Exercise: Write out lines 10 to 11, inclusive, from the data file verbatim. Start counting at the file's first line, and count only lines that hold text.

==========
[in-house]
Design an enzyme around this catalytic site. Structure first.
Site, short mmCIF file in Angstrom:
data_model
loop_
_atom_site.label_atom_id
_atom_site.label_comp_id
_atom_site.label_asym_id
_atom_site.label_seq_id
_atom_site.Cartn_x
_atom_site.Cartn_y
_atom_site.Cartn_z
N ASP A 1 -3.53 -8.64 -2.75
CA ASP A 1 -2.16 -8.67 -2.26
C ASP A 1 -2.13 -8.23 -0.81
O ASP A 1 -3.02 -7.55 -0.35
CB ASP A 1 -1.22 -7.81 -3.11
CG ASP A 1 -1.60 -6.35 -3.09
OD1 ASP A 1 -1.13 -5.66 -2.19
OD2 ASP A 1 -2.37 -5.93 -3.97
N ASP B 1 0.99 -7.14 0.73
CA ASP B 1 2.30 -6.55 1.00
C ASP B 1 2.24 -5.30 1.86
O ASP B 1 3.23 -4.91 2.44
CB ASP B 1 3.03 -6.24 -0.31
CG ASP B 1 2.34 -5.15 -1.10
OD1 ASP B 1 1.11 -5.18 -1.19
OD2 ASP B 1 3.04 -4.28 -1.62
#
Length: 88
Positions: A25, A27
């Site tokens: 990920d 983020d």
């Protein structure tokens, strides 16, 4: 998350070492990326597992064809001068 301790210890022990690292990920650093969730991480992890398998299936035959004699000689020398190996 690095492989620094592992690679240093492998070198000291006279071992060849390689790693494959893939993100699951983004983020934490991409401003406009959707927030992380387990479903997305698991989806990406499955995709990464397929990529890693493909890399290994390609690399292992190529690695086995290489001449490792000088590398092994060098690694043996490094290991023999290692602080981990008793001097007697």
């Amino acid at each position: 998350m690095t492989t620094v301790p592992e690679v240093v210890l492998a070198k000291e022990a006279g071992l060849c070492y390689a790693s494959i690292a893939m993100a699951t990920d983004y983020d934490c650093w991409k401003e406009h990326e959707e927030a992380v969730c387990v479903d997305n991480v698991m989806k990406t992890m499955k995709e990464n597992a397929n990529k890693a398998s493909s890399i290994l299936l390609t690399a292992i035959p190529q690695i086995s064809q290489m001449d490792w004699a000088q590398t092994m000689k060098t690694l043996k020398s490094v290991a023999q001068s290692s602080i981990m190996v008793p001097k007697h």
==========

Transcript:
_atom_site.Cartn_x
_atom_site.Cartn_y